Friday, April 30, 2010

3 more down...

Does anyone else ever walk through the library and have that feeling that it is imperative to read EVERY book you see?  I want to start in the As and read through to the Zs....hmmm...maybe someday;)  Anyway, I have recently read three books and I wanted to share them.

Streams of Babel by Carol Plum-Ucci was the book chosen for the high school book club last month.  I have to admit that I wasn't very excited to read about bio-terrorism plus I thought the book would be semi-"dated" because it is advertised as being post-9/11 and my students don't seem very interested in this topic.  I was SO WRONG!  This book is awesome and the book club loved it! 

The novel follows a group of teens who have been variously affected by a toxin in the water system of a suburban town in New Jersey.  A few of the teens have been infected, three deal with deaths in their families, and two are computer hackers who follow clues left on the web by the terrorists themselves.  The story unfolds with each chapter being told from the perspective of a different character.  I am a self-proclaimed computer geek so I really enjoyed all of the hacking.  The novel had a quick pace with a few twists and a definite ending, although a sequel has just been published.  In my opinion, a novel is great if it "sticks with you."  This one did and I still (after reading this a few weeks ago) get a bad feeling when I drink tap water....I very highly recommend this.

I also recently finished Candor by Pam Bachorz.  This was recommended to me by one of my student library aides was great!  The novel is set in a society controlled by messages.  Oscar's father created the town of Candor in order to escape the memory of Oscar's dead brother. He controls things by playing a series of messages in hidden speakers throughout town. People in Candor have great marriages, the kids dress nicely and do their homework, and everyone is fit and healthy....or are they?  Oscar has a secret business to help the incoming teens get out...before it is too late.  He meets a beautiful, goth-girl named Nia and can't bear the thought of her wearing pink and volunteering for the community.  He doesn't want to see her changed so he risks everything to help her.  Can he save her in time?  What will happen if his father catches him and realizes he is not a perfect son?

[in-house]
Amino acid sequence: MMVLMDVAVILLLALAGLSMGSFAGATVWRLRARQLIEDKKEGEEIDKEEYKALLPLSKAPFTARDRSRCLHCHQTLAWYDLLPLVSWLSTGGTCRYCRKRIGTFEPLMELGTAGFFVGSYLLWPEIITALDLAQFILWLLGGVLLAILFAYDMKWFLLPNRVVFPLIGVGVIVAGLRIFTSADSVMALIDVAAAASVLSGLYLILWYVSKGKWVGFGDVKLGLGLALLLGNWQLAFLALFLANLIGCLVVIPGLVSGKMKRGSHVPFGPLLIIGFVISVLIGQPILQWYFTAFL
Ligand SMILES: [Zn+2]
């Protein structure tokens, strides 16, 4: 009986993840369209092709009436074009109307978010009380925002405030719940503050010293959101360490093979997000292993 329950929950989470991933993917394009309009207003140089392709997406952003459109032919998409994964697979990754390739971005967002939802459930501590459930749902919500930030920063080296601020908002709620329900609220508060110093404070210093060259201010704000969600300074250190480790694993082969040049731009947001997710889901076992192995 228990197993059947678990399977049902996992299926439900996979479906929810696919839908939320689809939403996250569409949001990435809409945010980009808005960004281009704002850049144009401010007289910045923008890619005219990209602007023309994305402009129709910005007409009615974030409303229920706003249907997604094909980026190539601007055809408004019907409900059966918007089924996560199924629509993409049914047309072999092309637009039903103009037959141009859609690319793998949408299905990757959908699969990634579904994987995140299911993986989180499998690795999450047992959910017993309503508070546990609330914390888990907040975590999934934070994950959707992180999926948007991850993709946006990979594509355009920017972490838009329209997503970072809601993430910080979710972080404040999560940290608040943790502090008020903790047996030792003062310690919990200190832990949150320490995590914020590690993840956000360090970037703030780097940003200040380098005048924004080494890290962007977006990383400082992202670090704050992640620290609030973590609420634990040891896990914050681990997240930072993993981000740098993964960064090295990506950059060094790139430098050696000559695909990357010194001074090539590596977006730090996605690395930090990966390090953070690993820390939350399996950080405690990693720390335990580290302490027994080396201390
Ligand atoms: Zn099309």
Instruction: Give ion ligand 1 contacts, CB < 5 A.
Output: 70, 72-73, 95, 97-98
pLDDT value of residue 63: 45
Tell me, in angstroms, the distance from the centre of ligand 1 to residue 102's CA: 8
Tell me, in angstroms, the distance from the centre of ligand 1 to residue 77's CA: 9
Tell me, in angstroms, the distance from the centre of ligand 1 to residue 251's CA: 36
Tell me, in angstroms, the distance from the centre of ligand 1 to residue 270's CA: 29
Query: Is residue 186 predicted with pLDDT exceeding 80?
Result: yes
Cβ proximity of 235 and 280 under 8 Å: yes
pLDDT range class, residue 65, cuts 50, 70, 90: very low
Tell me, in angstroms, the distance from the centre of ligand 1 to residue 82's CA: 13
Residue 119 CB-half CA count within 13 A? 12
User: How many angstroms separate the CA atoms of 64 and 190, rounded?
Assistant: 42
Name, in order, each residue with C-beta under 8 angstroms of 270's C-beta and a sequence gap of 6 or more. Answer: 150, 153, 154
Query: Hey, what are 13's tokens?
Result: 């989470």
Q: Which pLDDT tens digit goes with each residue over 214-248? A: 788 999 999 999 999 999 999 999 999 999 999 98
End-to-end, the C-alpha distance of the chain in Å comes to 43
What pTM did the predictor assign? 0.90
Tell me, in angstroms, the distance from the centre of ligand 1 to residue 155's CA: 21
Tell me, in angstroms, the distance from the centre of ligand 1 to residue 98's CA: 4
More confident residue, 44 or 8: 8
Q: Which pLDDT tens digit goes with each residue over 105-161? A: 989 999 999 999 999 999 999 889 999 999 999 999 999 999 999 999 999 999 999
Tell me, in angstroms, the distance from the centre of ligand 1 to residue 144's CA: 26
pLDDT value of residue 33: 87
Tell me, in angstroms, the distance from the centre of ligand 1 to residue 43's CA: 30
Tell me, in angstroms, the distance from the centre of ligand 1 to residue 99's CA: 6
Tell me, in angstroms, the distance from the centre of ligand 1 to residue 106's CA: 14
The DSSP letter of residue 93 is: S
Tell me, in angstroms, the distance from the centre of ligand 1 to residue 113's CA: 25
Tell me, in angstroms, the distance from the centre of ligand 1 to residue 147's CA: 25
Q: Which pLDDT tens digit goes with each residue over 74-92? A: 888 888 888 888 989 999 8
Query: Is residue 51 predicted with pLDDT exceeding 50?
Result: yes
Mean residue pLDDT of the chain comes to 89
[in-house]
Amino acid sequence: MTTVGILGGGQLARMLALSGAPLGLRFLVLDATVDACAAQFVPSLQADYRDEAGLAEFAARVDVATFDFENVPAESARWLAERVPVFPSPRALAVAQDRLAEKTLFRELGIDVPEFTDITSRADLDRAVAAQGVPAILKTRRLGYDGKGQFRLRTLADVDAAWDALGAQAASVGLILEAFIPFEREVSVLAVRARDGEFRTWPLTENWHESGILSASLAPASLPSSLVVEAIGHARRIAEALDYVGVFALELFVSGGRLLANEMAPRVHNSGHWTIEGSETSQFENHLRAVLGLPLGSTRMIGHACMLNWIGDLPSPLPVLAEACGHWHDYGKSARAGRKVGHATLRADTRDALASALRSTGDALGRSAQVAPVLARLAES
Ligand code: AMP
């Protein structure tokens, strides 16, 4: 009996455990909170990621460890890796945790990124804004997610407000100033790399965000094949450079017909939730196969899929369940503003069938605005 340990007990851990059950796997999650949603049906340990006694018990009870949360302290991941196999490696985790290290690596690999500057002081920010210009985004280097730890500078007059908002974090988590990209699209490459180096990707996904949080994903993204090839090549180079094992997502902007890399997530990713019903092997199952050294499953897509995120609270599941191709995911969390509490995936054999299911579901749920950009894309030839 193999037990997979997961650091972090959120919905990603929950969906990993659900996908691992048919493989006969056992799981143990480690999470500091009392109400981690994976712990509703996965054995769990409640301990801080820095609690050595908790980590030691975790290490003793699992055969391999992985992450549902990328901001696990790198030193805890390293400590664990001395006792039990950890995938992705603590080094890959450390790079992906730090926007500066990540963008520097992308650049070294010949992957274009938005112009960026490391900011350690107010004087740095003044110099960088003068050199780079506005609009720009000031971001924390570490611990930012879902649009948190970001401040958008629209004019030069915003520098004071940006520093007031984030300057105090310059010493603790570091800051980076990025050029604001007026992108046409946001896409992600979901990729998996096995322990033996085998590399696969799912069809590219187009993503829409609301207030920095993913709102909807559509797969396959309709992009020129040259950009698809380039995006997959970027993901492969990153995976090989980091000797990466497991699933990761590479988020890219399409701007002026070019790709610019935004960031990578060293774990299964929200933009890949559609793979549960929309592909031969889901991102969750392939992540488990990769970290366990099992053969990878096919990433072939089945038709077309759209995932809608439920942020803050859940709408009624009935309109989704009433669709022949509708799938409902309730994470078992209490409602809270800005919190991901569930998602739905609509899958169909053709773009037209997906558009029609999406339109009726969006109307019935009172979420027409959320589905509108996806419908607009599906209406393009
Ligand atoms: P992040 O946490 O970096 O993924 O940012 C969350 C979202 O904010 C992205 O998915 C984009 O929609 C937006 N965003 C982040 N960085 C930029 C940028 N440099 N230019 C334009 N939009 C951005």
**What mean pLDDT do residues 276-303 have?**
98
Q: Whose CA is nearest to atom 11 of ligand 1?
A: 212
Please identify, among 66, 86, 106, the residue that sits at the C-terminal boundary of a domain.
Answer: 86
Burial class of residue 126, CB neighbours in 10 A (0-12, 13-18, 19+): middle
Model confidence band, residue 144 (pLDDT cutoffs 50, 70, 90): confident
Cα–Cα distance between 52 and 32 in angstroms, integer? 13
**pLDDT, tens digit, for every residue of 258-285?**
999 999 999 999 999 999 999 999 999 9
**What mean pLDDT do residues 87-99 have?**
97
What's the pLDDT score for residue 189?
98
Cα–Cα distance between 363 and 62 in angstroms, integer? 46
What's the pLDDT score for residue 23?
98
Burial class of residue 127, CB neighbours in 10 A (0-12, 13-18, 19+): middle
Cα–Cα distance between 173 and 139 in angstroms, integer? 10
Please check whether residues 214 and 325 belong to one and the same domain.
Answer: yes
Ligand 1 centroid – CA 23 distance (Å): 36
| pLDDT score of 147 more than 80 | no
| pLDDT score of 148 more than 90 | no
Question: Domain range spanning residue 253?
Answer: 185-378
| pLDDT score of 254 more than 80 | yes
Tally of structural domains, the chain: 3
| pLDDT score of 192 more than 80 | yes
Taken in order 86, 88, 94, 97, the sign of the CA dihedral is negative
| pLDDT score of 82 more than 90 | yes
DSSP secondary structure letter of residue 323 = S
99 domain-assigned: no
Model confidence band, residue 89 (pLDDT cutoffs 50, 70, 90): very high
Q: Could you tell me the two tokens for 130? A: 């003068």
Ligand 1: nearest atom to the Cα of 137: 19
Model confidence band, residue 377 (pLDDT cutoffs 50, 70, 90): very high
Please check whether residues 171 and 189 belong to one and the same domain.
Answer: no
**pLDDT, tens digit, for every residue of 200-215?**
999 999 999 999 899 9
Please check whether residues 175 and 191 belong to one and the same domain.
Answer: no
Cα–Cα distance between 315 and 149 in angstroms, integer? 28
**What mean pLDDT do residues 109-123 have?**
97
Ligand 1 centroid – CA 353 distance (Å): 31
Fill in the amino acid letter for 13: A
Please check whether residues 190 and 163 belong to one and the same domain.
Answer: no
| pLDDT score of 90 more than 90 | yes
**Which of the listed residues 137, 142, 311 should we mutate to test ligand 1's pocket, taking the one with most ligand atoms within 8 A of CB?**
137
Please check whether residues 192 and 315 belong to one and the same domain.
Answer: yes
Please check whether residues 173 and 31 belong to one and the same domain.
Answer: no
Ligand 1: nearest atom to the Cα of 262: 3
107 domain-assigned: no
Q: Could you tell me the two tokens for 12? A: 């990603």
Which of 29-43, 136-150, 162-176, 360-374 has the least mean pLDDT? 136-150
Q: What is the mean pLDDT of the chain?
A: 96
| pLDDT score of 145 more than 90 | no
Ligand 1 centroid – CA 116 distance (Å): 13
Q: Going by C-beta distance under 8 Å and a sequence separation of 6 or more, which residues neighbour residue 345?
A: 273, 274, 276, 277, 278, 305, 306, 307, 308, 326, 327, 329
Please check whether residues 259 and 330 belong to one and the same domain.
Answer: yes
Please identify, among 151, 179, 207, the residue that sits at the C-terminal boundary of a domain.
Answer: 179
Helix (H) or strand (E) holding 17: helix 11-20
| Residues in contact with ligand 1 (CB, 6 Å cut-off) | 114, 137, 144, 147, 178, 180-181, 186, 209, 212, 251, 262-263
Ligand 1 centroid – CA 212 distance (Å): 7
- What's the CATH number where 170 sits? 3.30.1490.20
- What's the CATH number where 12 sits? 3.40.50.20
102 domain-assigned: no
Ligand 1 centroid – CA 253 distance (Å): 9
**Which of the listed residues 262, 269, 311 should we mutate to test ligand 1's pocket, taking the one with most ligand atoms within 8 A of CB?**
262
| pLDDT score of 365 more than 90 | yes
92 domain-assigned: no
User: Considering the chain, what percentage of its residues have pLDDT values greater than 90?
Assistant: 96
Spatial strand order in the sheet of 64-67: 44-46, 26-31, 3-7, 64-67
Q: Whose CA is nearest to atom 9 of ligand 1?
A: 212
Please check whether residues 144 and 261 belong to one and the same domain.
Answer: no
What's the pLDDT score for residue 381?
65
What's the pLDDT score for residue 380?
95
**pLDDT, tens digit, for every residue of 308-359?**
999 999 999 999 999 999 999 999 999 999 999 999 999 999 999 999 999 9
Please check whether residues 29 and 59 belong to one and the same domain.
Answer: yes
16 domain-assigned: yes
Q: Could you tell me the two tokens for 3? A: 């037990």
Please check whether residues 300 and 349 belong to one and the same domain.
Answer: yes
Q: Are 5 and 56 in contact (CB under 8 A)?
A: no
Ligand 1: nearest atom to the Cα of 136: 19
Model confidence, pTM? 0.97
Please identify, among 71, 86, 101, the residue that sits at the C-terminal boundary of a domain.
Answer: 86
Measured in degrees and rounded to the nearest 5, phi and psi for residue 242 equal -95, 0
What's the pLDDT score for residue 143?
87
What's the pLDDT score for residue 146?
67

Reminiscent of The Giver by Lois Lowry, this novel will please readers who enjoy dystopian fiction.  It has some slow parts, but for the most part, the plot moves quickly revealing just enough to keep readers on the edge of their seats.  I didn't love the ending, but that is because I wanted something different for spoilers here!  Recommended.

The other day, I was lucky enough to get a package in school mail.  It was the new selection for High School-High Interest from Junior Library Guild!  Think Again by JonArno Lawson (illustrated by Julie Morstad) tells the story, in short poems, of a young couple who meet and fall in love.  The title does reflect the book in that the reader must really "think" to get this story.  By themselves, the poems are beautiful, but I'm not sure if most teens at my school will want to work so hard to get the whole point.  The illustrations fit well with the poems and they actually encourage the reader to "think" some more.  I read this twice and appreciated it much more the second time.  This is a book that readers could read several times and get something different out of it each time.  Again, I'm not sure this will reach a large population of our students, but it will reach some, which makes me happy!  Recommended for deep-thinkers and lovers of poetry.